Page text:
Nectamia ignitops is named after the colour of the iris (from the Latin ignitus meaning glowing of a fire and Greek ops, meaning eye), and is knonw from the coastal South China Sea.

Nectamia luxuriaNectamia luxuria is distinguished from other members of the genus in lacking a dark saddle on the body below the second dorsal fin, many pale bars on the body, caudal peduncle with an incomplete dark wide bar mostly above the lateral line, caudal fin with dark margins, subocular mark thin and triangular, 13 pectoral fin rays, 25"31 total gill rakers, body depth 39"44% standard length, caudal peduncle depth 16"20% standard length, length of second anal spine 17"21% standard length, and pectoral fin length 26"29% standard length.

The species is known from the Maldive Islands eastward in the Indian Ocean and in the wetsern Pacific to Mangareva Island, and is named after the numerous pale bars on the body (from the Latin luxuria, meaning profusion).

Nectamia similisThis species differs from other members of the genus in having two dark saddles on the body below the first and second dorsal fins, a narrow pale bar reaching to the top of the preopercle on the opercle, a few narrow pale bars on the body, caudal peduncle with a complete dark wide bar connected dorsally and ventrally, caudal fin with dark margins, subocular mark thin and triangular, 13 pectoral fin rays, 25"28 total gill rakers, body depth 43"45% standard length, caudal peduncle depth 18"21% standard length, length of second anal spine 19"21% standard length, and pectoral fin length 26"30% standard length.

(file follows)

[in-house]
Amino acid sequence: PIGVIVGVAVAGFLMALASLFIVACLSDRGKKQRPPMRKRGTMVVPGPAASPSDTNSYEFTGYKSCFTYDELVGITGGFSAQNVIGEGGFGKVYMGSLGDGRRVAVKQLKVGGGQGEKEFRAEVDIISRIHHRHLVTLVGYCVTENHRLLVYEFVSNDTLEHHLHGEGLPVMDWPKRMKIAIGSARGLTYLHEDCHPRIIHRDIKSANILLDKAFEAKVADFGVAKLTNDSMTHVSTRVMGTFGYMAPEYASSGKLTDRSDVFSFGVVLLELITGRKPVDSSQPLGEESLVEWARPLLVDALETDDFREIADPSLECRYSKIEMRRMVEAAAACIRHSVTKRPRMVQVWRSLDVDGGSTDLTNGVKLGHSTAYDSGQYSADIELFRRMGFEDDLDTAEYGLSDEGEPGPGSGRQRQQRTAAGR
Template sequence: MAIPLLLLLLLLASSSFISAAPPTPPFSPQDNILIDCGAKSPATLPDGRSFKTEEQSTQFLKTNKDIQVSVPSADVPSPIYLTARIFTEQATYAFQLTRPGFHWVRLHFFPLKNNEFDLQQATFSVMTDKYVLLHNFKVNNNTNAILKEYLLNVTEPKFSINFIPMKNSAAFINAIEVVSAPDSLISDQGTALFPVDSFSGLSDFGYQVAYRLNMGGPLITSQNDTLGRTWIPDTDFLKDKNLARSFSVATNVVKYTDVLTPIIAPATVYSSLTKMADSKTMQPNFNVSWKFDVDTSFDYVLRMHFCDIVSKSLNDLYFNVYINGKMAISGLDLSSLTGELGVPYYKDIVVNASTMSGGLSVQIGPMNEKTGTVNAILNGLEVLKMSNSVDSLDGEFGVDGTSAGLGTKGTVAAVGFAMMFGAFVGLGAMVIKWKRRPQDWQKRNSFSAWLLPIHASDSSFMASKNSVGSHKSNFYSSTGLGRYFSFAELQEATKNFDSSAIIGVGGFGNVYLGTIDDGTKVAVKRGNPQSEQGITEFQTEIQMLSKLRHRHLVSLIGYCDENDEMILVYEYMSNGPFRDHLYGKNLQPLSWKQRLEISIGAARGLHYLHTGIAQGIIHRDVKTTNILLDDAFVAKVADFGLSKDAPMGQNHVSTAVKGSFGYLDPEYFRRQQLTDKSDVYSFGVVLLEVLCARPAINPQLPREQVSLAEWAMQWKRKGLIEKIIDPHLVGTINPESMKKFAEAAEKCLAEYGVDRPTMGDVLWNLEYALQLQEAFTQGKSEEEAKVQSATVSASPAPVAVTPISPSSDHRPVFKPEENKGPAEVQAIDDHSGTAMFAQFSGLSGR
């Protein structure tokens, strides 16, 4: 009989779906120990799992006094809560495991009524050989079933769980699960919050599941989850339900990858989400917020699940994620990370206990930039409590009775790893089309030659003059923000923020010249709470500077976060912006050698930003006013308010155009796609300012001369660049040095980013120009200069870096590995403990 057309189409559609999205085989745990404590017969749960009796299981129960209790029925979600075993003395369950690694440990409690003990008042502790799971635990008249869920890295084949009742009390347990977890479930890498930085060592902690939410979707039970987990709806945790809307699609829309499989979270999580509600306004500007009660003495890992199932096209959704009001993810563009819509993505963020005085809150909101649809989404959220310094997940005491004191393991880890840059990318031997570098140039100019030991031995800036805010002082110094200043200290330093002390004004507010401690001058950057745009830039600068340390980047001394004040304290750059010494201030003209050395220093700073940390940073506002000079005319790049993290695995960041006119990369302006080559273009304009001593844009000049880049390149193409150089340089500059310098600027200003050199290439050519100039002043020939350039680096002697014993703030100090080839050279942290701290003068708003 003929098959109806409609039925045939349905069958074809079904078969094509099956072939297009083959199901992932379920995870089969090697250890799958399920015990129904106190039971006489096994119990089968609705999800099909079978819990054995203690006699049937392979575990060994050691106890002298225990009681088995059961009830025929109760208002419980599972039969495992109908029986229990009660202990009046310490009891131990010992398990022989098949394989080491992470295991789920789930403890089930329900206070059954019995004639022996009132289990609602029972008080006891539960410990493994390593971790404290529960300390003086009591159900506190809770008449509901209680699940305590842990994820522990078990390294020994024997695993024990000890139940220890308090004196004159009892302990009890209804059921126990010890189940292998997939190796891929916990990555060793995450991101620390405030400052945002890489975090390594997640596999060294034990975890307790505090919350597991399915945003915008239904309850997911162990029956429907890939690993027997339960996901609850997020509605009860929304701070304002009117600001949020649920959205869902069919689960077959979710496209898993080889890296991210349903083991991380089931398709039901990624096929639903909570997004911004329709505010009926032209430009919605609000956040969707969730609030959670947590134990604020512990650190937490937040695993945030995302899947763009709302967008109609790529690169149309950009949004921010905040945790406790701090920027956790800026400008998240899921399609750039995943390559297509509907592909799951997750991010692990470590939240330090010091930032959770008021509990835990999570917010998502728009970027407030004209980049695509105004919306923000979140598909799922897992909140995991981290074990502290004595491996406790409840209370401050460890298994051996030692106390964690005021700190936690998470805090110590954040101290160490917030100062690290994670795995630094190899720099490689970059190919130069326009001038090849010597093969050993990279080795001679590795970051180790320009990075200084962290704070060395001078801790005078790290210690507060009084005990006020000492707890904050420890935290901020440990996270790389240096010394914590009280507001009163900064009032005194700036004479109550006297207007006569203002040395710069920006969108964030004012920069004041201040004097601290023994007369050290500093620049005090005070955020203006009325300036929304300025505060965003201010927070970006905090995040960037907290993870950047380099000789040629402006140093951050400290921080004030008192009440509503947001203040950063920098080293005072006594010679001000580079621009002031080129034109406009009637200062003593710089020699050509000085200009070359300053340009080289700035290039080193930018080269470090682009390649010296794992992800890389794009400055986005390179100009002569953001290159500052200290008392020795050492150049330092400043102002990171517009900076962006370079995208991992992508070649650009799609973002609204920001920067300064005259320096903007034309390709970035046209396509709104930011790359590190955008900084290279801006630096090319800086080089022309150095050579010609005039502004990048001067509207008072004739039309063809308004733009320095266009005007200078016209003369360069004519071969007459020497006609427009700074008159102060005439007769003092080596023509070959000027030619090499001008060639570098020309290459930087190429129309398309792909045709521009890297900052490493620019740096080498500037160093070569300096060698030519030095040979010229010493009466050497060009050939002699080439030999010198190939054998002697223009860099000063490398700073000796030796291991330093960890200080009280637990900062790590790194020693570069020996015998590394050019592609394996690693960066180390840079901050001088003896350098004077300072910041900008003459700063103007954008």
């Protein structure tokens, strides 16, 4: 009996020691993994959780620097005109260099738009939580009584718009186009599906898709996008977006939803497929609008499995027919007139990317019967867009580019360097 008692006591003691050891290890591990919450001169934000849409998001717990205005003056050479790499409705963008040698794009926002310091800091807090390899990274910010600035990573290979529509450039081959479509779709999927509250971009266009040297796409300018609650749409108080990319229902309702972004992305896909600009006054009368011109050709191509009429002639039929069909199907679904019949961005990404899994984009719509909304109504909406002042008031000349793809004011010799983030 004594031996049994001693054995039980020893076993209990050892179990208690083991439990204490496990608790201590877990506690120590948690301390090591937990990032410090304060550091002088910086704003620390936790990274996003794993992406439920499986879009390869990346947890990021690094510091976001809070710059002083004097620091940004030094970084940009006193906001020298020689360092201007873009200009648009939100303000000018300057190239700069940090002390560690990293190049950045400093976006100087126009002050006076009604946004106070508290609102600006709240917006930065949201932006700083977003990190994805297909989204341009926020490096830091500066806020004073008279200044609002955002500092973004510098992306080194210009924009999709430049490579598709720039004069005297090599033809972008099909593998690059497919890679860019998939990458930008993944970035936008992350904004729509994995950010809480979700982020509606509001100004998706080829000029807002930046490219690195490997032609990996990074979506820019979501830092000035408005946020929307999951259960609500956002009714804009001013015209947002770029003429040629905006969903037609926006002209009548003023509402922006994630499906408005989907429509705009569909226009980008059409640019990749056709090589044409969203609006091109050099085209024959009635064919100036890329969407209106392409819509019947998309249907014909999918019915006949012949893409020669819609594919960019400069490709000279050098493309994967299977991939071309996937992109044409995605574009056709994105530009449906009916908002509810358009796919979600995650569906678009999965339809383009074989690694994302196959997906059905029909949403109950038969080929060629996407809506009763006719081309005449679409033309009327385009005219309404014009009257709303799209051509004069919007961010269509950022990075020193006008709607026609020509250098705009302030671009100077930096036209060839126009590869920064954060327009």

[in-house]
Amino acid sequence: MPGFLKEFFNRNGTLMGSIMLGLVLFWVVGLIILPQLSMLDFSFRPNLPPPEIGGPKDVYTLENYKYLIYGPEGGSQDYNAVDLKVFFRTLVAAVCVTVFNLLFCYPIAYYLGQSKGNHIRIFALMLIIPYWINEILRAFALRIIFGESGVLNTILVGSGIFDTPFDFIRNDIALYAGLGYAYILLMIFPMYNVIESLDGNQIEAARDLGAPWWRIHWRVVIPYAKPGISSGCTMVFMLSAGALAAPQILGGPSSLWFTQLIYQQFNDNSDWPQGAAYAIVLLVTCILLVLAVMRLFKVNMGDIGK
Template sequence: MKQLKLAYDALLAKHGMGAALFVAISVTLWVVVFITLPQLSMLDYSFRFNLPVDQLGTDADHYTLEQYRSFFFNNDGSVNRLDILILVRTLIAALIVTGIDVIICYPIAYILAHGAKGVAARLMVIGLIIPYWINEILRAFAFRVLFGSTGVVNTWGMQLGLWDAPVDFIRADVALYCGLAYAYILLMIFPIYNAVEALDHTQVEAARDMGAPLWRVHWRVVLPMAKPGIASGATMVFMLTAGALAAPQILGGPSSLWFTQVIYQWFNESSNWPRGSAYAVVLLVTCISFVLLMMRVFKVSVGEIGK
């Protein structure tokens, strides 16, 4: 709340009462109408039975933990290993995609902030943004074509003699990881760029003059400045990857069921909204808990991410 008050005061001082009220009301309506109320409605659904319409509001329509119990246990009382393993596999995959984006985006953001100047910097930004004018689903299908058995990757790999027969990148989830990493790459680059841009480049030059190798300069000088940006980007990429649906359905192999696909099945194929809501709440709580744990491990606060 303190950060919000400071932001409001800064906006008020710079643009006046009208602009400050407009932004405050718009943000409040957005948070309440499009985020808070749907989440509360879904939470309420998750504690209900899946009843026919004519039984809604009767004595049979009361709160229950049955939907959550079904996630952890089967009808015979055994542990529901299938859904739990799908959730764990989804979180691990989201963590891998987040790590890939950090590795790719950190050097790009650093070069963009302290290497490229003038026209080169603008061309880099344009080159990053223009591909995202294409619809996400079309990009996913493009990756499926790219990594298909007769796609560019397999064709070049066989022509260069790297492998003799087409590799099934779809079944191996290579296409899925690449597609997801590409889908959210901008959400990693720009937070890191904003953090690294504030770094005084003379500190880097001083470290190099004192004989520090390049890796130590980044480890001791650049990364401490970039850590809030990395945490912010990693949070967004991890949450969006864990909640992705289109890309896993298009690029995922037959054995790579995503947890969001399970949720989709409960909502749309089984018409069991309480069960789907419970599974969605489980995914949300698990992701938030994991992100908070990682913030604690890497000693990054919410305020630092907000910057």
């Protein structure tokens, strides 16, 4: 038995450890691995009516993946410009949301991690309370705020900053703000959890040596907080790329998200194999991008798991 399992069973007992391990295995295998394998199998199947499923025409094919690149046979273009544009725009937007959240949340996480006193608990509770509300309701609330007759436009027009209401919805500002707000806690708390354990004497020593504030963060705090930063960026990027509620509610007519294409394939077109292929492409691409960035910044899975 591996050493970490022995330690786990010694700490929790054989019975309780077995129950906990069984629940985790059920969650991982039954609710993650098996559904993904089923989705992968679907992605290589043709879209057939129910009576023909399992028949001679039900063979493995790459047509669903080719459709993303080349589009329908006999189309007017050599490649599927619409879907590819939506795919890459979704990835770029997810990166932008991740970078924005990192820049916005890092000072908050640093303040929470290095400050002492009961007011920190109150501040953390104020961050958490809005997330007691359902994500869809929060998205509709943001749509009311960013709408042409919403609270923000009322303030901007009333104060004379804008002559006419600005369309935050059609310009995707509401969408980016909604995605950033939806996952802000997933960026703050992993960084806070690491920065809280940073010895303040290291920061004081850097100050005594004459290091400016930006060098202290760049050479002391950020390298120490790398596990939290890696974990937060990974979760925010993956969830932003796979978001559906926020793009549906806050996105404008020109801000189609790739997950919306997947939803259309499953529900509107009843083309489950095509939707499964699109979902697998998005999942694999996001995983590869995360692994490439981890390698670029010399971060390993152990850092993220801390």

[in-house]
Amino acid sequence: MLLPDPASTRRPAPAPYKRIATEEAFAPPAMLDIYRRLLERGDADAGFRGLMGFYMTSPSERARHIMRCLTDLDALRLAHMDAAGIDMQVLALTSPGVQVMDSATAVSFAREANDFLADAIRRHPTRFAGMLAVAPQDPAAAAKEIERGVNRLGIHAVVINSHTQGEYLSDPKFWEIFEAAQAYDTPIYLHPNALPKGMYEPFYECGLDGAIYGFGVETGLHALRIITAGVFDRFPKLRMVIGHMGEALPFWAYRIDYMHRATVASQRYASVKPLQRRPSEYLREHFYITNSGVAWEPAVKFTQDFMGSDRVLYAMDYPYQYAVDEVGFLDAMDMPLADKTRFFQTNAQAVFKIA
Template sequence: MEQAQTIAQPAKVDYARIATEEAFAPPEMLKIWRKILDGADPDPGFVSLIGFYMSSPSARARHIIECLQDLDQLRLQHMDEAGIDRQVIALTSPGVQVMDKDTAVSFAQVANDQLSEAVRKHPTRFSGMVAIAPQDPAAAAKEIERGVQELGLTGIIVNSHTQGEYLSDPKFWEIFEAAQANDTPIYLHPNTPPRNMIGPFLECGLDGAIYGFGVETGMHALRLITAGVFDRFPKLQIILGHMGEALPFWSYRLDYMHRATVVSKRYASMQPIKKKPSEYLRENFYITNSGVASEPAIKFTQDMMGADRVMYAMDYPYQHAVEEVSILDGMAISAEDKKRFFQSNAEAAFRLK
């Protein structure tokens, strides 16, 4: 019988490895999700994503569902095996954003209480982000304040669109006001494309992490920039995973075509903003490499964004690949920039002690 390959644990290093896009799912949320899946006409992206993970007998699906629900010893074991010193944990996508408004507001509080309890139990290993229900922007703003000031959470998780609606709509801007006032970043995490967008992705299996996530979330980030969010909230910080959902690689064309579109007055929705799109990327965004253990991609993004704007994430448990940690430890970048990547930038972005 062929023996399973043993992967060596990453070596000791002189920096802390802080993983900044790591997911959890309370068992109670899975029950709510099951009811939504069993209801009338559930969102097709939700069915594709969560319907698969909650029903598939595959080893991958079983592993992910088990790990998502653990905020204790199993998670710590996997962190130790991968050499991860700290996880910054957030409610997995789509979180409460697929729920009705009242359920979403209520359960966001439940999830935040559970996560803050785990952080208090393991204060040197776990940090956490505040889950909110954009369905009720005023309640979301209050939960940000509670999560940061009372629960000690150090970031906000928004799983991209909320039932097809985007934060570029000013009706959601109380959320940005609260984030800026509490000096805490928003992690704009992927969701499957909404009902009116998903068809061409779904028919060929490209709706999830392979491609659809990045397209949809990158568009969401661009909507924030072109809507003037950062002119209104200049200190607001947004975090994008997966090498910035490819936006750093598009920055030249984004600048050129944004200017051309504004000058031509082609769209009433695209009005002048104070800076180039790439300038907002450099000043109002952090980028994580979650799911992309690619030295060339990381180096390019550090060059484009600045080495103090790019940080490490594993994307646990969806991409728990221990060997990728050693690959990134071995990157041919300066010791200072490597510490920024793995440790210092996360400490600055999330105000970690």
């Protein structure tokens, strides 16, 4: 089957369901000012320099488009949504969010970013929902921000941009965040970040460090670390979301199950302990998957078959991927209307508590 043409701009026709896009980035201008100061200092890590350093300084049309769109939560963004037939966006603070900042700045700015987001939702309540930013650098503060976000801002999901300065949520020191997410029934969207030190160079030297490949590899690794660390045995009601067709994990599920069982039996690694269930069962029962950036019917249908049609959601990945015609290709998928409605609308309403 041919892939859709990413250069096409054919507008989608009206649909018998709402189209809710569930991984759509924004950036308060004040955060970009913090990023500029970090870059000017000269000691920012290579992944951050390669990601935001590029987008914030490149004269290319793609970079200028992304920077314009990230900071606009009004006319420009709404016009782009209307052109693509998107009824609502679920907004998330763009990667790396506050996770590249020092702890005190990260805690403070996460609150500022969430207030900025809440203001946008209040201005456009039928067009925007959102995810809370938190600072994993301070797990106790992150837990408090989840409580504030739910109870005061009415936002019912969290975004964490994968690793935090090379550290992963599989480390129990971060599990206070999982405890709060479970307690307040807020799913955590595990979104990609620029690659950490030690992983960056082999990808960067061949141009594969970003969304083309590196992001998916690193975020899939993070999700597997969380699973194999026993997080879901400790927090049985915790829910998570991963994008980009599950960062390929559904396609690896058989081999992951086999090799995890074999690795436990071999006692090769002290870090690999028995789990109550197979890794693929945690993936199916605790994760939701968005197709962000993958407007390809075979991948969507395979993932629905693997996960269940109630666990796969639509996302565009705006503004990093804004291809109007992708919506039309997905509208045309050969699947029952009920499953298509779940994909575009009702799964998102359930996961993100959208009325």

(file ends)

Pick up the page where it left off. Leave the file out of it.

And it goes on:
Nectamia similis is named after the pale bars on the body (similar to N. luxuria) and the saddles and caudal mark (similar to N. bandanensis) . It is known from the western Pacific to Yap.

Nectamia viriaNectamia viria differs from other members of the genus in having a dark saddle on the body below the second dorsal fin, caudal peduncle with a complete dark wide bar connected dorsally and ventrally, caudal fin with dark margins, subocular mark thin and triangular, 13 pectoral fin rays, 25"28 total gill rakers, body depth 44"47% standard length, caudal peduncle depth 17"19% standard length, length of second anal spine 16"18% standard length, and pectoral fin length 26"29% standard length.

The species is known from Indonesia, Philippines, Australia and out to Fiji, and is named after the band around the caudal peduncle (from the Latin viria, meaning bracelet).

Other NectamiaThe five other species of Nectamia recognized are: N. annularis (from the Red Sea and the Gulf of Aden), N. bandanensis (from the western Pacific, extending to the Central Pacific to the Marshall Islands and Samoa), N. fusca (from the Red Sea, Indian Ocean and throughout the western Pacific to the Tonga Islands, Samoa, Phoenix and Marshall Islands), N. savayensis (from the Indian Ocean to the Central Pacific) and N. zebrinus (from the Red Sea and the Gulf of Aden).

For more information, see the paper: Fraser, TH (2008) Cardinalfishes of the genus Nectamia (Apogonidae, Perciformes) from the Indo-Pacific region with descriptions of four new species. Zootaxa 1691, pp. 1"52.